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When Islamic State came, the monks had just finished hiding the manuscripts

The first time a band of Islamic State militants “visited” the monks, they presented the monks with a kind of suggestion, in a nonthreatening manner: “Why don’t you become a Muslim?”

Already, the four monks at the ancient Syriac Catholic Mar Behnam Monastery in Khidr, Iraq, had felt they were under siege. Ten days earlier, on June 10, 2014, five carloads of militants roared through the peaceful road leading to Mar Behnam, announcing through megaphones that the Islamic State was in control. Not long before that, the Iraqi army had withdrawn from a checkpoint near the monastery, located southeast of Mosul.

“Visits” from the terrorists the next few weeks intensified: banging on the monastery doors and accusations of the monks being infidels.

“Quite frankly, we were more than frightened,” said Syriac Catholic Father Youssef Sakat, who had served as Mar Behnam’s superior.

The monks kept up with their regular daily routine of prayer and Mass in the monastery, which dates back to the fourth century. They prayed for protection through the intercession of St. Behnam, a martyr, with faith that “we were in a blessed place,” mindful that generations of Syriac Catholic Christians had also faced persecution, and still the faith had endured, Father Sakat told Catholic News Service.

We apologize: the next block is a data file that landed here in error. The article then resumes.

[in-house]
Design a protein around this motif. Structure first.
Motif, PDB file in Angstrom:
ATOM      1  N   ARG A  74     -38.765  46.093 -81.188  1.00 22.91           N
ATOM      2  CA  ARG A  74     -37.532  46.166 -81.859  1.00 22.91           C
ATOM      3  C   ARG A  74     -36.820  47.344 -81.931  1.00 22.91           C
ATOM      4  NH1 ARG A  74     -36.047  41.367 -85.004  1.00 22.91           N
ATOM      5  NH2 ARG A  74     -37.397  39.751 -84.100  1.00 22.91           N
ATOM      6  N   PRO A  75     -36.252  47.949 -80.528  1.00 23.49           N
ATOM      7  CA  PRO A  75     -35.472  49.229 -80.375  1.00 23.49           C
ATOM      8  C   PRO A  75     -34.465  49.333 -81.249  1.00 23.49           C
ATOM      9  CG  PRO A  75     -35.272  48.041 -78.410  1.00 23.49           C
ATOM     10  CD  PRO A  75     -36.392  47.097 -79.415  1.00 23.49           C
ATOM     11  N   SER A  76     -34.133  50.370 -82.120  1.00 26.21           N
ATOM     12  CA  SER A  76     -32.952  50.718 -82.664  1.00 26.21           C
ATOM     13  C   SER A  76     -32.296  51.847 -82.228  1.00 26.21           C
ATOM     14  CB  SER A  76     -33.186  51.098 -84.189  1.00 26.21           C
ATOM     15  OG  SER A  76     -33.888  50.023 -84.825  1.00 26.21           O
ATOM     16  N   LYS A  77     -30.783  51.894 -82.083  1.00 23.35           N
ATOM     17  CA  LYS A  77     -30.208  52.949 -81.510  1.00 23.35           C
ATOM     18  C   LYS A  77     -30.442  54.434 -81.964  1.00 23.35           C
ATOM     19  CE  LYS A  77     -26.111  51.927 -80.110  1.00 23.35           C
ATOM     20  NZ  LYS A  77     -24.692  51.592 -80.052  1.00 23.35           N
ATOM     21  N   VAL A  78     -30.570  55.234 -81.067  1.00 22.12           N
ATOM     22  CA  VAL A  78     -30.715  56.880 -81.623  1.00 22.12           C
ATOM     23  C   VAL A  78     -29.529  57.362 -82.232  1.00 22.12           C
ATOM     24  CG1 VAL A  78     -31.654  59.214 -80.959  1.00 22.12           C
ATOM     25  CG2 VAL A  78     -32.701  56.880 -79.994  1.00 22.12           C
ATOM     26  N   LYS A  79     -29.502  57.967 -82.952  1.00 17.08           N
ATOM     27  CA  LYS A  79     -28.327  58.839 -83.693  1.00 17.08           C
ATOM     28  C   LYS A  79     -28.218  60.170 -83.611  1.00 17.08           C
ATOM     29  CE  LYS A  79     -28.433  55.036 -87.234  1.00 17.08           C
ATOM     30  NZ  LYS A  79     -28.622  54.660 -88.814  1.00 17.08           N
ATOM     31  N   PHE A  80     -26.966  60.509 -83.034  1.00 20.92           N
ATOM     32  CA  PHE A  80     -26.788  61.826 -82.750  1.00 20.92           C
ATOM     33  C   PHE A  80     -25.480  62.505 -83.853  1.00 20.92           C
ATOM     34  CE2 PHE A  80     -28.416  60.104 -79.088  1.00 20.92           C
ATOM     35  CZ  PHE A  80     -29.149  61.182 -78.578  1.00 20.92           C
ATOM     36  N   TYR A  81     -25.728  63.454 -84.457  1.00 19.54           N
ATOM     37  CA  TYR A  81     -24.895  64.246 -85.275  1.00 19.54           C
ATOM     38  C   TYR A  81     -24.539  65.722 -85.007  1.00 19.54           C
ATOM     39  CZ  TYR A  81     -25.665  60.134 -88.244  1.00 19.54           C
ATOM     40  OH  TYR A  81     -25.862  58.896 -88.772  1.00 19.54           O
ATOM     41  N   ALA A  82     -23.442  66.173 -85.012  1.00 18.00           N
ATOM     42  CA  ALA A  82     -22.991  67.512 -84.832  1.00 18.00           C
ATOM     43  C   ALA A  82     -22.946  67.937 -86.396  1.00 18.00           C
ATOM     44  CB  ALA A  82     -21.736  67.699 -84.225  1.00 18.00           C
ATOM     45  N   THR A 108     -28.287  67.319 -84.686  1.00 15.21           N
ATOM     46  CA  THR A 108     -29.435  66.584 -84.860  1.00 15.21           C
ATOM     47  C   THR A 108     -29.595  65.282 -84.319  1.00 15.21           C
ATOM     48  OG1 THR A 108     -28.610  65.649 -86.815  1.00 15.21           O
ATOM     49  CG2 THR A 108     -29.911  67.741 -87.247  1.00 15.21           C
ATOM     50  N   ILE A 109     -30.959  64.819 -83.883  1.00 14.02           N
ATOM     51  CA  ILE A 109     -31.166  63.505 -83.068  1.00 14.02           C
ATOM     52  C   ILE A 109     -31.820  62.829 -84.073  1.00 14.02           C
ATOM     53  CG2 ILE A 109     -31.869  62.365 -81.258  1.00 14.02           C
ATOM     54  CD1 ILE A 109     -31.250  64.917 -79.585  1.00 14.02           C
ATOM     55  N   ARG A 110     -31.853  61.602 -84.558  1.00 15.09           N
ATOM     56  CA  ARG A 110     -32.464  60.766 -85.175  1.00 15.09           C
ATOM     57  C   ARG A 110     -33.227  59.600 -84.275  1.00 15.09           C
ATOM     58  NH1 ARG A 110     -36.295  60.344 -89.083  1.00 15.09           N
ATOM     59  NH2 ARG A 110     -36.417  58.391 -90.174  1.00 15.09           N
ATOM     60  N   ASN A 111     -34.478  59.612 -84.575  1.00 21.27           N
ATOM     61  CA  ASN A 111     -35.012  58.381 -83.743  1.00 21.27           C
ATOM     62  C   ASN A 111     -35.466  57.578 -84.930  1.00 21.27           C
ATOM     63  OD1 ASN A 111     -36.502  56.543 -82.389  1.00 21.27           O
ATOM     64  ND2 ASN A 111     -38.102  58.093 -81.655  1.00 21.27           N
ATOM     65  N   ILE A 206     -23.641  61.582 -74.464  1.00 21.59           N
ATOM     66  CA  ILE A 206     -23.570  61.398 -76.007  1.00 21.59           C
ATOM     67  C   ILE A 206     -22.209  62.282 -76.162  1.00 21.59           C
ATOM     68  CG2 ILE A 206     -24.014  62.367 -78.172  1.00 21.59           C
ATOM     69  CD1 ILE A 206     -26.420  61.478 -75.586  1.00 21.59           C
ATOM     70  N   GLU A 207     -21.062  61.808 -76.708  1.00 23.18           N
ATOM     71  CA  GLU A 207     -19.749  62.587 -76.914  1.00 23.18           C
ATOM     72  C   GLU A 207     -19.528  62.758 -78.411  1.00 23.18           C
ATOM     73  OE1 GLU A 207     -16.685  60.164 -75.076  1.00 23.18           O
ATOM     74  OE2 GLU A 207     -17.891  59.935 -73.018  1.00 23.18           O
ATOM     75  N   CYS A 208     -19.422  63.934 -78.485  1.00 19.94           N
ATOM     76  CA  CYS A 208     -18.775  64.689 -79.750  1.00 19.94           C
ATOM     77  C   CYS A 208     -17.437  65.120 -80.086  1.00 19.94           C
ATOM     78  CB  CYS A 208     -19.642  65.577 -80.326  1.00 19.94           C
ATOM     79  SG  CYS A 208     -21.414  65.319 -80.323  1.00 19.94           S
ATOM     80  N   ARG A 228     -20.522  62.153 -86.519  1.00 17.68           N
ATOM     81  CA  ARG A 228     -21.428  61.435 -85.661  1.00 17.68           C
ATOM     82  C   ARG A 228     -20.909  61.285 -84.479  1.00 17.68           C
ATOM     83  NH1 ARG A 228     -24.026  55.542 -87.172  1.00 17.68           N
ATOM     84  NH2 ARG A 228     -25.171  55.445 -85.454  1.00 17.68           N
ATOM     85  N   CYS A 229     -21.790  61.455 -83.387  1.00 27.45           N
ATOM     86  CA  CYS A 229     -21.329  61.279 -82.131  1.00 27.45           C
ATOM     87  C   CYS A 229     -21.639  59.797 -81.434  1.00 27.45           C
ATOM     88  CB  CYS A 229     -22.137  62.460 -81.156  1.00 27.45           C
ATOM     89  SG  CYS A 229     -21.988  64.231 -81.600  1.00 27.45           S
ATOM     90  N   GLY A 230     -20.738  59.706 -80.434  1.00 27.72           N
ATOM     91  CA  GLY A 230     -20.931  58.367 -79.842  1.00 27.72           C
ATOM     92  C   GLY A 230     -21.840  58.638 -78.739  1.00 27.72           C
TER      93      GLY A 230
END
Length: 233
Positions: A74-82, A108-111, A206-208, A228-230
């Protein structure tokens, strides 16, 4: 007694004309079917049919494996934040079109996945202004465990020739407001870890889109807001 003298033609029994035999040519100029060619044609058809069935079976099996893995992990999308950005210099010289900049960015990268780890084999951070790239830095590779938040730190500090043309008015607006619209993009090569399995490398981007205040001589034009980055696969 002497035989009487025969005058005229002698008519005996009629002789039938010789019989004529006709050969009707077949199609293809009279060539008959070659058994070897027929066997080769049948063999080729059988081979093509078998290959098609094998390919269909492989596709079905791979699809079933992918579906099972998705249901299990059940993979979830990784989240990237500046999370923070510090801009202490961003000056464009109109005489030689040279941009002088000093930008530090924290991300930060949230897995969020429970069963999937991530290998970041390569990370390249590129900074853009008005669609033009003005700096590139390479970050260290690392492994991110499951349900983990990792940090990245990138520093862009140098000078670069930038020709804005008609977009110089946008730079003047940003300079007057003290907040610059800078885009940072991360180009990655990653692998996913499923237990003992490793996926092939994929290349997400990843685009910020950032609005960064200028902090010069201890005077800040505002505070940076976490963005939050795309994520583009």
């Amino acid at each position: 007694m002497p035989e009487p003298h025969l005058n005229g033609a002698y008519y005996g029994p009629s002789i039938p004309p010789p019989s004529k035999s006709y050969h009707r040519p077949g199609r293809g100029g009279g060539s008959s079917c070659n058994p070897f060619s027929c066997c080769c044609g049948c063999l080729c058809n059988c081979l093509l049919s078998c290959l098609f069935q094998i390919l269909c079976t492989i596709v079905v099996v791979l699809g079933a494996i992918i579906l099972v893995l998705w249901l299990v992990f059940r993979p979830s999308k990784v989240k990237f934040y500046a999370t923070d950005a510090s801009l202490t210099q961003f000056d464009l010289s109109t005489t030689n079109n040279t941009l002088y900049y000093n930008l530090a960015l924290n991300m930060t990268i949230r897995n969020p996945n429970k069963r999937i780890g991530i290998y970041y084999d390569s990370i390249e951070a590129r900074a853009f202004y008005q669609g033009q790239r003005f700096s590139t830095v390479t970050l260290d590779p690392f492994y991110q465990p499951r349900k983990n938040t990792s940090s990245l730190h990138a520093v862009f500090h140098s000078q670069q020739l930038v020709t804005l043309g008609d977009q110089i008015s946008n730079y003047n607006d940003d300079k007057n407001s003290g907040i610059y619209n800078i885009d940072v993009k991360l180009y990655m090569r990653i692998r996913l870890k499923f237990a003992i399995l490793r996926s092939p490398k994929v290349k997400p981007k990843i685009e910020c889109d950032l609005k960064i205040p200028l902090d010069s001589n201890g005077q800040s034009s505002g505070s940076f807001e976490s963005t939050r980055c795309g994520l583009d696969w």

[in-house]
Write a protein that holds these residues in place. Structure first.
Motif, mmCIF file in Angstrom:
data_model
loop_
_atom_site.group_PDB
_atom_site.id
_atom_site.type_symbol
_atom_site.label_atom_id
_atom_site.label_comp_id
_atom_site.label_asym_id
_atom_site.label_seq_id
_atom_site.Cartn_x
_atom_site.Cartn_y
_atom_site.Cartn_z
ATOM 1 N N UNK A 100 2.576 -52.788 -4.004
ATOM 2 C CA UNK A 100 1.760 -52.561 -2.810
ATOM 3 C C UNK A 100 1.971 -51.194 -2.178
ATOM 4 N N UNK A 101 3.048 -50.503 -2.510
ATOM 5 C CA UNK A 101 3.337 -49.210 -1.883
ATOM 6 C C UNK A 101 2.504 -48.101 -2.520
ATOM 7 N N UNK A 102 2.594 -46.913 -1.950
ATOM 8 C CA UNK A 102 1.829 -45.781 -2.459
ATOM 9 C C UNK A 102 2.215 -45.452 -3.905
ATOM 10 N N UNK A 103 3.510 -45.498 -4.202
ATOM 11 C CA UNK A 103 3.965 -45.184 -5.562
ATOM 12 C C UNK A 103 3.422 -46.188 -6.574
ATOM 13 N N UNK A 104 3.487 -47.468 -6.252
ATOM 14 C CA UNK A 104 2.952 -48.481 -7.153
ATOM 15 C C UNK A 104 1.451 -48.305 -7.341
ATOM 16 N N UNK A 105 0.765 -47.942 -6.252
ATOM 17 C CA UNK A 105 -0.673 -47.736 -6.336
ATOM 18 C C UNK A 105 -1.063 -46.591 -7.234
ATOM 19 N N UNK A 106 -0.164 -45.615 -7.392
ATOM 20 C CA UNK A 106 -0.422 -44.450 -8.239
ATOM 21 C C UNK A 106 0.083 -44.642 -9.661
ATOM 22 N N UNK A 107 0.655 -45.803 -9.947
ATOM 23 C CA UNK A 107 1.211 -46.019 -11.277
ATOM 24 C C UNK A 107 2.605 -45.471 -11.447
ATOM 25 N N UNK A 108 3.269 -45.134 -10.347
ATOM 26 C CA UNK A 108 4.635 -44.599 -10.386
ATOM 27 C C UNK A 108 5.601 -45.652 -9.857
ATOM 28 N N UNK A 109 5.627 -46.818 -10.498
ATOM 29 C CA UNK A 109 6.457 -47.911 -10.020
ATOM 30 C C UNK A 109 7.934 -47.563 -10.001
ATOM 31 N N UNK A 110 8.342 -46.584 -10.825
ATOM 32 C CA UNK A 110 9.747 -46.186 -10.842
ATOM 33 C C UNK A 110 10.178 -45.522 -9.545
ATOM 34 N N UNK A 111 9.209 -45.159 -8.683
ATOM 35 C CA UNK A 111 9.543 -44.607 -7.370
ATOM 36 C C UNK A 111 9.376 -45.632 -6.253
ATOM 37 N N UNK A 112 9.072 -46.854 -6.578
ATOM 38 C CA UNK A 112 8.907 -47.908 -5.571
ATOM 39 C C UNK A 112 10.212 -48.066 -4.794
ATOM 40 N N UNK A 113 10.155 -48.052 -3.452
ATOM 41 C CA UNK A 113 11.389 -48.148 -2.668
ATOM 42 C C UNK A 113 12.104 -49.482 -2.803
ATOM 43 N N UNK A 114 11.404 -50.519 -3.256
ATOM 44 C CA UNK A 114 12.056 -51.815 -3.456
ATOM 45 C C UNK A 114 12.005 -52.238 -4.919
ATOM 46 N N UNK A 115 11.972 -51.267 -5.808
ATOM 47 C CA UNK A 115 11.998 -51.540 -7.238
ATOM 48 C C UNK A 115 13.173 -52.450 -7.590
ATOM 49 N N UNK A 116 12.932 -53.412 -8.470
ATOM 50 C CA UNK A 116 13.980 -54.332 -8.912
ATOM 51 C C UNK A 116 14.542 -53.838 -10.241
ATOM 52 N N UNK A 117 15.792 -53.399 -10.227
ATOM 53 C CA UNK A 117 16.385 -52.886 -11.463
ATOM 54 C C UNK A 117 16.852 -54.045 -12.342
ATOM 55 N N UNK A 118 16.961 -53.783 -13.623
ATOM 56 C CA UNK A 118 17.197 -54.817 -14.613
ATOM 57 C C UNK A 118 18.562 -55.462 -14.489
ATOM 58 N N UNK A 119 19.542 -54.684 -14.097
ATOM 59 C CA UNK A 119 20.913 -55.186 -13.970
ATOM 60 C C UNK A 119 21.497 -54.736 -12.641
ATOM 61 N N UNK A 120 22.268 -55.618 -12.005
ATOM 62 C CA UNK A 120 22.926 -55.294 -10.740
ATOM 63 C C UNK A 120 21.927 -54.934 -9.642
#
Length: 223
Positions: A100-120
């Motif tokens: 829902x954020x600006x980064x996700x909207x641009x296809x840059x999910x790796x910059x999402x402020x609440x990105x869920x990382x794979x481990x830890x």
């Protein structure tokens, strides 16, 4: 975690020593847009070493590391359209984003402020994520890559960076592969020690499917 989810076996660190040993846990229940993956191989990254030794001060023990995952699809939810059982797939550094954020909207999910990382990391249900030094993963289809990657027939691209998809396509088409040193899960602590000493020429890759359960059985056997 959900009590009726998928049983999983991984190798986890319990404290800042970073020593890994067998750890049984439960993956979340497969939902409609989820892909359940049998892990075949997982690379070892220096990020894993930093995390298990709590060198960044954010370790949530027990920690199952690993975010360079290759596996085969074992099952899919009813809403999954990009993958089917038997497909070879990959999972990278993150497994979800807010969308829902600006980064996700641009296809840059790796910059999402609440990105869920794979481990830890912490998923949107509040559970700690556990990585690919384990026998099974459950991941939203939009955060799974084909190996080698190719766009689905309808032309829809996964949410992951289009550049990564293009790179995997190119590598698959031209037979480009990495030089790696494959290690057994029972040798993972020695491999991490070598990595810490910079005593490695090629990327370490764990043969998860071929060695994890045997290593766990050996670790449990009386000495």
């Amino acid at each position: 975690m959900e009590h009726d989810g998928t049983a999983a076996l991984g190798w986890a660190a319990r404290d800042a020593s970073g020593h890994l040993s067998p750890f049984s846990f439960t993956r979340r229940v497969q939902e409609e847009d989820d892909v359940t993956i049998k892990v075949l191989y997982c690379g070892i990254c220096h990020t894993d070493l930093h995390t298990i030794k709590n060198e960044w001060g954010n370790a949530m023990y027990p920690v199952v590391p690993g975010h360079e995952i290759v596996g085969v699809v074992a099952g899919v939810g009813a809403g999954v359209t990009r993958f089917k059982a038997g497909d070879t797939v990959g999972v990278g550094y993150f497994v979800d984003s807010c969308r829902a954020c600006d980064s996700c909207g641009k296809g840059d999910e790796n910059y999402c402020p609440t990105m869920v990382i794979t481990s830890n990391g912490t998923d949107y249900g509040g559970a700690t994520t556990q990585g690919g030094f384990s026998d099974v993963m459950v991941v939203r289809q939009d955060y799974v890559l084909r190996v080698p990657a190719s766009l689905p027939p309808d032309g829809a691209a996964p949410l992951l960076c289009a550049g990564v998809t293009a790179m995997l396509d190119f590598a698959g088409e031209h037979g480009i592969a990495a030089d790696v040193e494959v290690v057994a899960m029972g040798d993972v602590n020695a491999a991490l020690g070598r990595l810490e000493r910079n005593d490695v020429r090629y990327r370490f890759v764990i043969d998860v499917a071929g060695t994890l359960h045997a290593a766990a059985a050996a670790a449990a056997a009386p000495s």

The monastery “was built by local people, stone by stone,” he said of Mar Behnam. “I’m sure they put their hearts into their work. I feel it was made with love.”

Under Father Sakat’s direction since 2012, Mar Behnam had flourished, welcoming up to 250 visitors on weekends — even from around the world — for retreats and lodging with the goal of helping people to better understand the monastic life. The monks would engage the children in lively faith-based activities.

“We wanted to show them that Mar Behnam is their home, too,” Father Sakat said.

A Muslim friend the monks trusted was keeping them abreast of the worsening situation, but even he was becoming fearful.

“I’m sorry, Father, I can’t come to the monastery anymore,” he told the priest. “Even I’m being watched. It’s becoming very dangerous. They want to kill you.”

Read more at Catholic Herald

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